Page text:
Netanyahu Says Iran Tops the Agenda When Obama Comes to Visit

By Susan Jones | March 5, 2013 | 9:53 AM EST

Prime Minister Benjamin Netanyahu of Israel illustrates his concerns about Iran's nuclear ambitions during his address to the 67th session of the United Nations General Assembly in N.Y. on Thursday, Sept. 27, 2012. (AP Photo/Richard Drew)

( - Israeli Prime Minister Benjamin Netanyahu says he's looking forward to President Obama's upcoming visit to Israel: "It will give me an opportunity, along with the people of Israel, to express our appreciation for what he has done for Israel," said Netanyahu, who has had a strained relationship with Obama so far.

"I deeply appreciate something that President Obama has said repeatedly...'Israel must always be able to defend itself, by itself, against any threat to its existence,' Netanyahu told the annual AIPAC (American Israel Public Affairs Committee) policy conference in Washington on Monday. "The Jewish people know the cost of being defenseless against those who would exterminate us. We will never let that happen again."

Netanyahu said that he and Obama have agreed to discuss three issues, first and foremost, Iran's pursuit of nuclear weapons.

As Iran continues to defy the will of the international community, Netanyahu said it's clear that neither diplomacy nor sanctions has worked. He said Iran is using negotiations to run out the clock as it presses ahead with its nuclear ambitions:

"Sanctions have hit the Iranian economy hard," Netanyahu said, "but Iran's leaders, they just grit their teeth and they move forward. Iran enriches more and more uranium, it installs faster and faster centrifuges. It's still not crossed the red line I drew with the United Nations last September, but Iran is getting closer to that red line and it's putting itself in a position to cross that line very quickly once it decides to do so."

Netanyahu told the United Nations last year that the red line -- which he illustrated on a graph -- involves Iran completing the second stage of uranium enrichment, bringing it to 90 percent.

"Ladies and gentlemen, to prevent Iran from developing nuclear weapons we cannot allow Iran to cross that red line. We have to stop its nuclear enrichment program before it's too late. And I have to tell you, from the bottom of my heart and with the clarity of my brain, words alone will not stop Iran. Sanctions alone will not stop Iran. Sanctions must be coupled with a clear and credible military threat if diplomacy and sanctions fail."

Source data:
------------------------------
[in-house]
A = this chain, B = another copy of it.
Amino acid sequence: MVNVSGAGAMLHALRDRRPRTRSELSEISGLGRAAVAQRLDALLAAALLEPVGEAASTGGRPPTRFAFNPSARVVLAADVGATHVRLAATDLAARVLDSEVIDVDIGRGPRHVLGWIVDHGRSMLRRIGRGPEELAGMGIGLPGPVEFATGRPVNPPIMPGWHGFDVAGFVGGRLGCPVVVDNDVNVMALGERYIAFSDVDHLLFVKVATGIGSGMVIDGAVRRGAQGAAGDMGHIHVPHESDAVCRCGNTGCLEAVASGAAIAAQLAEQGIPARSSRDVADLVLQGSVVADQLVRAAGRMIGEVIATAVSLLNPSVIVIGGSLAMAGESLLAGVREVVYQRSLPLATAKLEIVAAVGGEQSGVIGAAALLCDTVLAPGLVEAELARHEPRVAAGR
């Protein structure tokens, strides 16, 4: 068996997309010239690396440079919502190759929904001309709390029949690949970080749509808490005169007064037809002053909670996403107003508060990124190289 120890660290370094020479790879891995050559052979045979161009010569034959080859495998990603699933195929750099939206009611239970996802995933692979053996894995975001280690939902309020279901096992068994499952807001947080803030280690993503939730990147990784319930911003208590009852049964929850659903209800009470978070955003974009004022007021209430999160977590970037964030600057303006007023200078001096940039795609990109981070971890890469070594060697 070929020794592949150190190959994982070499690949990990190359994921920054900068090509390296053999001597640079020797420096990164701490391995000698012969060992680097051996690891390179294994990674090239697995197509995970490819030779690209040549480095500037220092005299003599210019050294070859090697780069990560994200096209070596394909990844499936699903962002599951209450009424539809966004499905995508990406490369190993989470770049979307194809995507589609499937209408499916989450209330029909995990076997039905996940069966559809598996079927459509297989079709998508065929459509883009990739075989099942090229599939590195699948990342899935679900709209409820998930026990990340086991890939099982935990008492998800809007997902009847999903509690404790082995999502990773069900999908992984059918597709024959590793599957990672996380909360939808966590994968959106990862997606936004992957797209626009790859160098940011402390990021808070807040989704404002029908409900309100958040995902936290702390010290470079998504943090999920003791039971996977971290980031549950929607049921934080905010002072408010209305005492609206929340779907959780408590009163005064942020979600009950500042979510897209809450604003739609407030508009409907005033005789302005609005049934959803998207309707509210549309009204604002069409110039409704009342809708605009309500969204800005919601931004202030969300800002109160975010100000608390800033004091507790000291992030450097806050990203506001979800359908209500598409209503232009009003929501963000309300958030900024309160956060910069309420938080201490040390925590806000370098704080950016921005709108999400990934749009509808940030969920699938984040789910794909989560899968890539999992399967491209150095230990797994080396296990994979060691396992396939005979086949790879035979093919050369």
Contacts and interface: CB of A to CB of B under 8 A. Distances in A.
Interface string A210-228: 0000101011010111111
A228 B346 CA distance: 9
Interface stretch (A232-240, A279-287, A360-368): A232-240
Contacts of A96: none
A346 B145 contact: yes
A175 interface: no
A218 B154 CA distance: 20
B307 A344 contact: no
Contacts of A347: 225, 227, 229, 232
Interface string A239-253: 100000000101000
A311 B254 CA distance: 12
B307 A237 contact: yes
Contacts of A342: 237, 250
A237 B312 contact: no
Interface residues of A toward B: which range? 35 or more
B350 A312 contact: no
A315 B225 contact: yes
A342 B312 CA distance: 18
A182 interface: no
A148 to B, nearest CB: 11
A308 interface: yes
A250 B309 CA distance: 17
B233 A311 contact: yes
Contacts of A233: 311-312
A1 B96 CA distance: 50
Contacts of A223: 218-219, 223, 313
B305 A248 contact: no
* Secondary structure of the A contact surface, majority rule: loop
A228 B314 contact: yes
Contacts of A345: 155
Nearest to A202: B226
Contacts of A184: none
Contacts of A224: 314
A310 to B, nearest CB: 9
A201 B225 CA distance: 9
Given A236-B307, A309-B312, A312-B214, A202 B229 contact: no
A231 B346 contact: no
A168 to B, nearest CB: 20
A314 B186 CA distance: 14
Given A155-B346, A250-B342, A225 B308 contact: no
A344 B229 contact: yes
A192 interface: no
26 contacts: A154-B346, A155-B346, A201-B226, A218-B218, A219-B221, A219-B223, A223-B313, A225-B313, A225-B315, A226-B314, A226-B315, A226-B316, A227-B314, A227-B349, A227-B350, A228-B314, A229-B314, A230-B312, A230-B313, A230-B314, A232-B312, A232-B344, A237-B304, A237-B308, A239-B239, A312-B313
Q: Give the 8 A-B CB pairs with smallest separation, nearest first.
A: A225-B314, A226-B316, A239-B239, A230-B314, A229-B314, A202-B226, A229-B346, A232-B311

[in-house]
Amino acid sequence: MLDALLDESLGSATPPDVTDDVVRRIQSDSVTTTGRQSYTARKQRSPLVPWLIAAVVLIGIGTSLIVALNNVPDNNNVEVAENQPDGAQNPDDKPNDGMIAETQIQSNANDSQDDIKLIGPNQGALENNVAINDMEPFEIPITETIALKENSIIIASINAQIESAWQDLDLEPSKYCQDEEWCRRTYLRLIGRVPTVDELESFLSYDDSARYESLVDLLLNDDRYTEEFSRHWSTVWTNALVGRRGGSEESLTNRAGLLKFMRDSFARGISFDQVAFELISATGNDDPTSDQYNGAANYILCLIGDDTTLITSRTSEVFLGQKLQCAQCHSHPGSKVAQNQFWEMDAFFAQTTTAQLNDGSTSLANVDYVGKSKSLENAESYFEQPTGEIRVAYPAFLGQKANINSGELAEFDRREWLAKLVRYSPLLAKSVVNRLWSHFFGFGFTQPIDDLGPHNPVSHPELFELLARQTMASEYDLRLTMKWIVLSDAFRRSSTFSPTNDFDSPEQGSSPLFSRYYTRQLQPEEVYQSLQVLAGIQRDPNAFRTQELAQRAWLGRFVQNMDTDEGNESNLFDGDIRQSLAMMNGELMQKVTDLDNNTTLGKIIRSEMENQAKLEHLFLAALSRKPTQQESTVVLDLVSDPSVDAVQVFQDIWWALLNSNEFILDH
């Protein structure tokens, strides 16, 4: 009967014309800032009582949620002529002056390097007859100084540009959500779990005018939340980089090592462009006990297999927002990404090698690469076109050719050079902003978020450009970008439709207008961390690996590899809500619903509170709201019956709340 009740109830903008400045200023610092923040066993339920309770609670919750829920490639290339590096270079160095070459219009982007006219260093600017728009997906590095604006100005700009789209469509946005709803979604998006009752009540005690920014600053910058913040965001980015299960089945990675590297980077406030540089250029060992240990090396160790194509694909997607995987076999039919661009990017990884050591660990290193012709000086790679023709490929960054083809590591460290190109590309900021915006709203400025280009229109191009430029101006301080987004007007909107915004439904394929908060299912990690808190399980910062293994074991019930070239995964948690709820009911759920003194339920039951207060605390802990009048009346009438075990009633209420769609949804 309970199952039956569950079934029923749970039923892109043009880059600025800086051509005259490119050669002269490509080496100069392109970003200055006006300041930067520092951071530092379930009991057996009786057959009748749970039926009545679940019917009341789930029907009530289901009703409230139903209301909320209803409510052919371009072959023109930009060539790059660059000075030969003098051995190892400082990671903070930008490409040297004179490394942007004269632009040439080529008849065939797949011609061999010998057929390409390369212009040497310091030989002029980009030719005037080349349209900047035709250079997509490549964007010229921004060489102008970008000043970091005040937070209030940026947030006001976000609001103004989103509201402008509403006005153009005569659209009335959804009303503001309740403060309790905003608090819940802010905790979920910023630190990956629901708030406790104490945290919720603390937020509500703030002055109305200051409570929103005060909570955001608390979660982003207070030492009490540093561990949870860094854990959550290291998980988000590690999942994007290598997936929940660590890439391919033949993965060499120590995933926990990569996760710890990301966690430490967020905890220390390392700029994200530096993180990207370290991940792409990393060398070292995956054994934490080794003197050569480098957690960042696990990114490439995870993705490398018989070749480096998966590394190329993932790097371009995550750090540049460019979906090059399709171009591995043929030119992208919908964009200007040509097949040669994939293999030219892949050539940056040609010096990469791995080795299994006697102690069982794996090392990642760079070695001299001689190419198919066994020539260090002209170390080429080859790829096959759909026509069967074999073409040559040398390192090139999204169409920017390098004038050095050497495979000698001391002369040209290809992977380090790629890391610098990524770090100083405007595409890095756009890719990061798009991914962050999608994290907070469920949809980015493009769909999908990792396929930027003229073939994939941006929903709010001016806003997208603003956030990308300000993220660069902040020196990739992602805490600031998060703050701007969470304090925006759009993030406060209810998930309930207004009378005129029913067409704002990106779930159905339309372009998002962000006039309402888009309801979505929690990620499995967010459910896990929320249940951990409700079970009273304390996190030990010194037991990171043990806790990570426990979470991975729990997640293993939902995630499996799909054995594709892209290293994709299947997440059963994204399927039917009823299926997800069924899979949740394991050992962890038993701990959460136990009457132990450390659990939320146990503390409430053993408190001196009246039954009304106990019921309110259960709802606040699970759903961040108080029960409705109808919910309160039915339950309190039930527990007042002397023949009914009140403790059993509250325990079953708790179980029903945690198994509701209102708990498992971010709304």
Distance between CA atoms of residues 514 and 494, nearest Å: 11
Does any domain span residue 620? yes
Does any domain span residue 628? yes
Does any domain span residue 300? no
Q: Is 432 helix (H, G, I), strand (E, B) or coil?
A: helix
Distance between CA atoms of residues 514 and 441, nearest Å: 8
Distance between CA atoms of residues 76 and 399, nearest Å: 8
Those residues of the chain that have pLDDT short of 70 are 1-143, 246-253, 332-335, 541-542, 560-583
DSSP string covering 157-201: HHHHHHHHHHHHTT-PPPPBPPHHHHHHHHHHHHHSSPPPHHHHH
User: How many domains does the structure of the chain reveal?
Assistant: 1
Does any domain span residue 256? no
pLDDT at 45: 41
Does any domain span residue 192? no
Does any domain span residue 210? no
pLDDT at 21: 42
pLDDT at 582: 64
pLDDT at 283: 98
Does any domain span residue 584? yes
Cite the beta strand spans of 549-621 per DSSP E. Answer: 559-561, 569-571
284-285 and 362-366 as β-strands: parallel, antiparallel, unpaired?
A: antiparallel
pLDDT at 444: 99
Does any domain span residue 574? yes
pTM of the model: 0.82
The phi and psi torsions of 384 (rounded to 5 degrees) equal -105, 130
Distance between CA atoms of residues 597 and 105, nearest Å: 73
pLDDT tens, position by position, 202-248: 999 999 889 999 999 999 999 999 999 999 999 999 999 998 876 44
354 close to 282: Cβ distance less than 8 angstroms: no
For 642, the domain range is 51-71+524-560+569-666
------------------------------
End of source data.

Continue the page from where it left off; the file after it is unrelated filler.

Netanyahu said he and Obama also have agreed to discuss the deteriorating situation in Syria. Of prime concern to Israel is Syria's stockpile of chemical weapons, anti-aircraft weapons, all of which could fall into the hands of terrorists. "Hezbollah and al-Qaeda are trying to seize these weapons as we speak," Netanyahu said. "You know, they're like a pack of hyenas feeding off a carcass and the carcass isn't even dead yet. These terror groups are committed to Israel's destruction. They've repeatedly attacked the United States."

Peace with the Palestinians is the third agenda item for Obama and Netanyahu: "Now, that peace must be grounded in reality and it must be grounded in security. Israel withdrew from Lebanon, we withdrew from Gaza, we gave up territory, we got terror. We cannot allow that to happen a third time. Israel is prepared for a meaningful compromise, but as Israel's prime minister I will never compromise on our security."

Any peace with the Palestinians must be defensible, and it must include Israel's neighbors "educating their children to live in peace," the Israeli prime minister said.

President Obama's first trip to Israel as a sitting president is scheduled to happen on March 19.

According to the Associated Press, the trip may help the two men re-set their chilly relationship.

Tensions between the two leaders emerged early in Obama's first term. On one visit to Washington, Netanyahu lectured the president on the pitfalls of peacemaking, and gave a speech to Congress in which he appeared to be rallying support against Obama. And Netanyahu's election-season praise for Romney, a longtime friend of the Israeli leader, irked the White House, the AP reported.

Obama and Netanyahu also have differed on key policies, including Israel's continued settlement building in the Palestinian territories and plans for responding to Iran's nuclear program. Netanyahu has pressed for swift action, including perhaps a military attack, against Iran, whose leaders have called for Israel's destruction. Israeli leaders have also said they could use military force against Iran unilaterally without first alerting Washington, despite the likelihood that the U.S. would be drawn into the conflict that could follow.

Obama's preference for using economic sanctions and diplomatic pressure, not military force, against Iran has also raised suspicions in Israel about his level of support for the Jewish state.